In my latest Guardian column, I explain how UK prime minister David Cameron’s plan to opt the entire nation into a programme of Internet censorship is the worst of all worlds for kids and their parents. Cameron’s version of the Iranian “Halal Internet” can’t possibly filter out all the bad stuff, nor can it avoid falsely catching good stuff we want our kids to see (already the filters are blocking websites about sexual health and dealing with “porn addiction”). That means that our kids will still end up seeing stuff they shouldn’t, but that we parents won’t be prepared for it, thanks to the false sense of security we get from the filters.
In my latest Guardian column, I suggest that we have reached “peak indifference to spying,” the turning point at which the number of people alarmed by surveillance will only grow. It’s not the end of surveillance, it’s not even the beginning of the end of surveillance, but it’s the beginning of the beginning of the end of surveillance.
We have reached the moment after which the number of people who give a damn about their privacy will only increase. The number of people who are so unaware of their privilege or blind to their risk that they think “nothing to hide/nothing to fear” is a viable way to run a civilisation will only decline from here on in.
And that is the beginning of a significant change.
Like all security, privacy is hard. It requires subtle thinking, and the conjunction of law, markets, technology and norms to get right. All four of those factors have been sorely lacking.
The default posture of our devices and software has been to haemorrhage our most sensitive data for anyone who cared to eavesdrop upon them. The default posture of law – fuelled by an unholy confluence of Big Data business models and Greater Manure Pile surveillance – has been to allow for nearly unfettered collection by spies, companies, and companies that provide data to spies. The privacy norm has been all over the place, but mostly dominated by nothing-to-hide. And thanks to the norm, the market for privacy technology has been nearly nonexistent – people with “nothing to fear” won’t pay a penny extra for privacy technology.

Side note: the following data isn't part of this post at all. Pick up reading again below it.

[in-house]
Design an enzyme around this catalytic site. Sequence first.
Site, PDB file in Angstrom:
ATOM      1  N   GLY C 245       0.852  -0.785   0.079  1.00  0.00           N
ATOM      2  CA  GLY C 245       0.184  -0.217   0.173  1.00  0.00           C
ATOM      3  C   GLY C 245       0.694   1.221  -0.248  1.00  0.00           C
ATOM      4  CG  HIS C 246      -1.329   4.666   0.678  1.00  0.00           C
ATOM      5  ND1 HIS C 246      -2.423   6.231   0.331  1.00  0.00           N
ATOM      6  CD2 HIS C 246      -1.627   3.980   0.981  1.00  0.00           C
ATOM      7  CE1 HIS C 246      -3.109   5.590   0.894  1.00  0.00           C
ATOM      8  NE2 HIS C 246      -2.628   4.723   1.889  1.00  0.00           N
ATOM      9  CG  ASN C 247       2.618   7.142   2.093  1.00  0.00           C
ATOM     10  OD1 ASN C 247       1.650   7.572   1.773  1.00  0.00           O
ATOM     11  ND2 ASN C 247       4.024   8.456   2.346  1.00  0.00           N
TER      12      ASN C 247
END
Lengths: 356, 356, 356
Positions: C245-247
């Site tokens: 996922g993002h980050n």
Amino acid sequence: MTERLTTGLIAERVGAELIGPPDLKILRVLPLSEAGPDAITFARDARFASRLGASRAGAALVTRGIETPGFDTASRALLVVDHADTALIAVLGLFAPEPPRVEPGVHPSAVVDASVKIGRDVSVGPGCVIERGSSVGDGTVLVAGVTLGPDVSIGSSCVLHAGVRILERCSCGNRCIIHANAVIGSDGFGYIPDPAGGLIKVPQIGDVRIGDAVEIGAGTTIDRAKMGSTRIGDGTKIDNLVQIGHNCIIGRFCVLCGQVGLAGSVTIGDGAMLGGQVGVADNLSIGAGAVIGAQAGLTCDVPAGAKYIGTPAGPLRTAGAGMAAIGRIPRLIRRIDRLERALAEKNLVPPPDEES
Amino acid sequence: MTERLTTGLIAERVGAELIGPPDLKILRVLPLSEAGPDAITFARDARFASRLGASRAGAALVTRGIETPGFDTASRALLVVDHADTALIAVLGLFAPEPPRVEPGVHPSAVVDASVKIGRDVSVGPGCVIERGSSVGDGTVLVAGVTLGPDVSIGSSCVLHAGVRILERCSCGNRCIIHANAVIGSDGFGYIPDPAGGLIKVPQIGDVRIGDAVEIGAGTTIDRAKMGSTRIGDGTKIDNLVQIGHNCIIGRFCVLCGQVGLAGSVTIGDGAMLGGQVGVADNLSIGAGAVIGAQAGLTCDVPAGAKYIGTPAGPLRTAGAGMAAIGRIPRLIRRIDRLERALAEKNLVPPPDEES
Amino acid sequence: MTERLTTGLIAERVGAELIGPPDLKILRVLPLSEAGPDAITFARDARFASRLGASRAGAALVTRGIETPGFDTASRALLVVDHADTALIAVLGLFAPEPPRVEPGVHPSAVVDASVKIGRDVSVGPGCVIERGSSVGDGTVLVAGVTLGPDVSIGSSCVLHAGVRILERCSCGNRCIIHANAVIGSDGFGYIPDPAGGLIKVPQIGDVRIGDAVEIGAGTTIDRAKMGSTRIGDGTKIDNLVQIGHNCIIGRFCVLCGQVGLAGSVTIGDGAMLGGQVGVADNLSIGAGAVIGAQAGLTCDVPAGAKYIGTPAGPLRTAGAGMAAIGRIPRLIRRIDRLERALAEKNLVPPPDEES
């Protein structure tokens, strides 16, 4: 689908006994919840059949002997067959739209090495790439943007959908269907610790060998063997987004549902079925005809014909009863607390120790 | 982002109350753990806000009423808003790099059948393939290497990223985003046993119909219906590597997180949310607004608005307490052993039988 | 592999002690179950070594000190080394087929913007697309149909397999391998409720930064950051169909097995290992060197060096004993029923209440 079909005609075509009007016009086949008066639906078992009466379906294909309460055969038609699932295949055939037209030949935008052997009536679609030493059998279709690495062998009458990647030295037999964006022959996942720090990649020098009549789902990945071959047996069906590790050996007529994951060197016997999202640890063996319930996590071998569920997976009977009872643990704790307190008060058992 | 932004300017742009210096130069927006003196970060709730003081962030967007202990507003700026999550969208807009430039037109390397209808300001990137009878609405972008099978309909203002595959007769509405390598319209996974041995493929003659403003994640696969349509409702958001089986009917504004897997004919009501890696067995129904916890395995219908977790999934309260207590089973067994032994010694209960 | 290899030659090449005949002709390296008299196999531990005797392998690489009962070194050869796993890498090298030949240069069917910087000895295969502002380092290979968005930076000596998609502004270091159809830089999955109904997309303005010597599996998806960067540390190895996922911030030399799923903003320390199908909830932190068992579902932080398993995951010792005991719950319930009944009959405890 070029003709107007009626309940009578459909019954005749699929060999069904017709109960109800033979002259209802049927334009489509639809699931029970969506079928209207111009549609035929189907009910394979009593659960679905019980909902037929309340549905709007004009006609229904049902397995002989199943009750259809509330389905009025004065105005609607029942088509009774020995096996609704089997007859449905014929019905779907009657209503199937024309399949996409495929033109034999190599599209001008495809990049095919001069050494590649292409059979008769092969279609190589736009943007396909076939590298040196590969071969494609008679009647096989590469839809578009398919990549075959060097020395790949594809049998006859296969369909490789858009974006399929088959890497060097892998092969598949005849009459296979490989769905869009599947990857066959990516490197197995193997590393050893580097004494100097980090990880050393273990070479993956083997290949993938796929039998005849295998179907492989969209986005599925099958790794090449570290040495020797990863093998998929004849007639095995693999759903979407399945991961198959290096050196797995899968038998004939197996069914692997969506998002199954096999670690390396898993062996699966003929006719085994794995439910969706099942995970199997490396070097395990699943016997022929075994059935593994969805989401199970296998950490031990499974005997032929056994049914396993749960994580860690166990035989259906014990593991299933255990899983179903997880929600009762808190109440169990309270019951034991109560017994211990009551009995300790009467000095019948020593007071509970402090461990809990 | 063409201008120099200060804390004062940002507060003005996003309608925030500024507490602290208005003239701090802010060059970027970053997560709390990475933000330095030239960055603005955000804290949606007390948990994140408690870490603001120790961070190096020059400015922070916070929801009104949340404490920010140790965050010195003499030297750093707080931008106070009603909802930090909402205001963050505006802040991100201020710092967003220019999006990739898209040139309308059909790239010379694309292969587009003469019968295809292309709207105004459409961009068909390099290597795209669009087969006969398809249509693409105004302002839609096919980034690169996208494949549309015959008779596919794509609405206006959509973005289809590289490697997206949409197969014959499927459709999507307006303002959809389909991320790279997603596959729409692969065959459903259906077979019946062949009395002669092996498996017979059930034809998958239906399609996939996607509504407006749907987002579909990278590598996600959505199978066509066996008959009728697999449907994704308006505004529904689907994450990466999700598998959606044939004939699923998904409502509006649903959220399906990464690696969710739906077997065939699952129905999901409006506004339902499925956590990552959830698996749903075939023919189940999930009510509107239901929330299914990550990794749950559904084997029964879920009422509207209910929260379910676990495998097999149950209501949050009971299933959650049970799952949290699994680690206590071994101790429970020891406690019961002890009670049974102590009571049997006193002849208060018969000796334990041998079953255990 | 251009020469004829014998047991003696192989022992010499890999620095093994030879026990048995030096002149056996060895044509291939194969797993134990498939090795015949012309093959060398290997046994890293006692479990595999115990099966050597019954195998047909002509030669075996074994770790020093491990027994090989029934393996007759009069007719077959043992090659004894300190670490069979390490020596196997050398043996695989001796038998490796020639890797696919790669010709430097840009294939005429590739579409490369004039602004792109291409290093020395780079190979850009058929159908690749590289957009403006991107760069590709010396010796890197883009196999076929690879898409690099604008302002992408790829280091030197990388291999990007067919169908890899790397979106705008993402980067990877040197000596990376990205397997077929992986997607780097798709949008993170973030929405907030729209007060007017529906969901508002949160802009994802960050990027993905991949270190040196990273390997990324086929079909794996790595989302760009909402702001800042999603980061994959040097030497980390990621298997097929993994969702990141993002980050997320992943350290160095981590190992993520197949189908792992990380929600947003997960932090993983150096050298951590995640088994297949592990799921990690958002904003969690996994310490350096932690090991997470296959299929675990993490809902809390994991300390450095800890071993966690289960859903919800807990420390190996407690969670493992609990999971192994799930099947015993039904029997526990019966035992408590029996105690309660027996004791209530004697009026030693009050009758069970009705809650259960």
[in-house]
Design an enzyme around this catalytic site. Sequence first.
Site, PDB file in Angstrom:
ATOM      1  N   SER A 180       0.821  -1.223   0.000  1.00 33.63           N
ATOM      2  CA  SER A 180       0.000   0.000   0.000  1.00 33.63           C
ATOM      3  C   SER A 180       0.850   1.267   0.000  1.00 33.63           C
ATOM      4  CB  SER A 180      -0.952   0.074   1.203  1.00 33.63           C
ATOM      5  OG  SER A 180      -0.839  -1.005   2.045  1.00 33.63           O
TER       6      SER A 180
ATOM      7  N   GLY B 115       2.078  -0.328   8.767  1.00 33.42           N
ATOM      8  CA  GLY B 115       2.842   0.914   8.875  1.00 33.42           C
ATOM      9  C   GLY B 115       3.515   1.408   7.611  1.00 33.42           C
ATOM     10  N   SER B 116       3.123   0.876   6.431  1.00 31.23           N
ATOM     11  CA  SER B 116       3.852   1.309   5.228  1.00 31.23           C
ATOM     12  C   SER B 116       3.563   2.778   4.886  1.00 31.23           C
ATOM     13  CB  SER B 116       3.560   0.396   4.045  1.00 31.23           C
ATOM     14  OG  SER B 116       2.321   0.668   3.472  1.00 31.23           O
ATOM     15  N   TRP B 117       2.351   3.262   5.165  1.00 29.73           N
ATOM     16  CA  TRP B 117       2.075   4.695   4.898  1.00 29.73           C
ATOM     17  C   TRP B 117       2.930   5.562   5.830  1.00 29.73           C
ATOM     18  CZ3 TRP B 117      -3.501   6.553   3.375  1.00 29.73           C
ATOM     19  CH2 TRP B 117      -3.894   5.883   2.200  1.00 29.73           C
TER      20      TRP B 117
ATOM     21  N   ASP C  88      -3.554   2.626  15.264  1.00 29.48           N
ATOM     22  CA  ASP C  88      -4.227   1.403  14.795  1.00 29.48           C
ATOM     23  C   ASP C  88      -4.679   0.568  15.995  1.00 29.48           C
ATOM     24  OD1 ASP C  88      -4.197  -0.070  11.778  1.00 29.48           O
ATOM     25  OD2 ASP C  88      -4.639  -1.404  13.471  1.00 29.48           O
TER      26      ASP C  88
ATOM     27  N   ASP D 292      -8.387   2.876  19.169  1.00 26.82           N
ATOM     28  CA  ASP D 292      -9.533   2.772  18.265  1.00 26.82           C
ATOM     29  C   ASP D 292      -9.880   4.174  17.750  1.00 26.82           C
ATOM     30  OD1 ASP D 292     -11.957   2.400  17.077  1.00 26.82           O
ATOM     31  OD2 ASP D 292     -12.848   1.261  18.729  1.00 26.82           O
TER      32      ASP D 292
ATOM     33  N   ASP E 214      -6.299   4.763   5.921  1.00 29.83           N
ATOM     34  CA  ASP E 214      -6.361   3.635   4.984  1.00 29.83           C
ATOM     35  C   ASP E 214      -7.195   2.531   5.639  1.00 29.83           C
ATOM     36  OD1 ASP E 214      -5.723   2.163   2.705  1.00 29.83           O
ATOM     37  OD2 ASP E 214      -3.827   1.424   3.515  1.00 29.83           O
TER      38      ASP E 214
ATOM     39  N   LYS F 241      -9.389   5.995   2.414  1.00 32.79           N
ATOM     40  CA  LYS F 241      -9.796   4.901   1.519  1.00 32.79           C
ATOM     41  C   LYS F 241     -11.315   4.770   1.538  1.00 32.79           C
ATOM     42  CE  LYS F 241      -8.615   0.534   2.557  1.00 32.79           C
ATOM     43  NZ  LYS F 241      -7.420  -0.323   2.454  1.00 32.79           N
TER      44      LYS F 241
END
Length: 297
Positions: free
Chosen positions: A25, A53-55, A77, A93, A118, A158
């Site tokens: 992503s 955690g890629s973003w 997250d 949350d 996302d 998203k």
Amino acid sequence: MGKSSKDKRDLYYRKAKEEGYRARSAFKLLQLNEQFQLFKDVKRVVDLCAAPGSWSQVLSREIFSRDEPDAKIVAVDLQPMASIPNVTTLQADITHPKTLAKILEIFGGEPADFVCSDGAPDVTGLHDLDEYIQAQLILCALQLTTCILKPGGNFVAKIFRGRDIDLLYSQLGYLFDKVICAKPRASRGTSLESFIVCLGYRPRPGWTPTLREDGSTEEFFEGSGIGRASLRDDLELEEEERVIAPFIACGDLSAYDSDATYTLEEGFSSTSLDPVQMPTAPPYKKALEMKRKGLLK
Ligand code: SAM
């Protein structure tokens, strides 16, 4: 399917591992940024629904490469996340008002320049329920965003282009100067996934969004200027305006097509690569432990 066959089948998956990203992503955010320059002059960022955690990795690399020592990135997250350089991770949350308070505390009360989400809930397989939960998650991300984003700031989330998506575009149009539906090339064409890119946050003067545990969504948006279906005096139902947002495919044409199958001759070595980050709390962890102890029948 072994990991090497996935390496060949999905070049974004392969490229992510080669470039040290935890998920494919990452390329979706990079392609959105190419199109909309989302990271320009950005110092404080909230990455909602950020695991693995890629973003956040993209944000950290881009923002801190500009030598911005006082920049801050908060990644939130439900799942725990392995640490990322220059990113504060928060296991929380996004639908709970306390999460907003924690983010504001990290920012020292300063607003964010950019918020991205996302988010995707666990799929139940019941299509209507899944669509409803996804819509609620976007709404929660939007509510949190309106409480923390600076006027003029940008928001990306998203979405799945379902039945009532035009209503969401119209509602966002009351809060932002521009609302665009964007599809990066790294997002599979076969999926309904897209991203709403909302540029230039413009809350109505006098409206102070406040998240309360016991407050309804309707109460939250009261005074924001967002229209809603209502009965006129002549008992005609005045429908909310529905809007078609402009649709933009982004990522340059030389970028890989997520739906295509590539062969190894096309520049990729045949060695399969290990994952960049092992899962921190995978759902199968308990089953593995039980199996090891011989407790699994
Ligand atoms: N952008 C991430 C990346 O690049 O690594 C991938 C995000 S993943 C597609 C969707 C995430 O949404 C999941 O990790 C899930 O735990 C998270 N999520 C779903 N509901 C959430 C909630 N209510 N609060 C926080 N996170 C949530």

My new Locus column, Collective Action, proposes a theory of corruption: the relatively small profits from being a jerk are concentrated, the much larger effects are diffused, which means that the jerks can afford better lawyers and lobbyists than any one of their victims. Since the victims are spread out and don’t know each other, it’s hard to fight back together.
Then I propose a solution: using Kickstarter-like mechanisms to fight corruption: a website where victims of everything from patent trolls and copyright trolls, all the way up to pollution and robo-signing foreclosures, can find each other and pledge to fund a group defense, rather than paying off the bandits.
It’s the Magnificent Seven business model: one year, the villagers stop paying the robbers, and use the money to pay mercenaries to fight the robbers instead.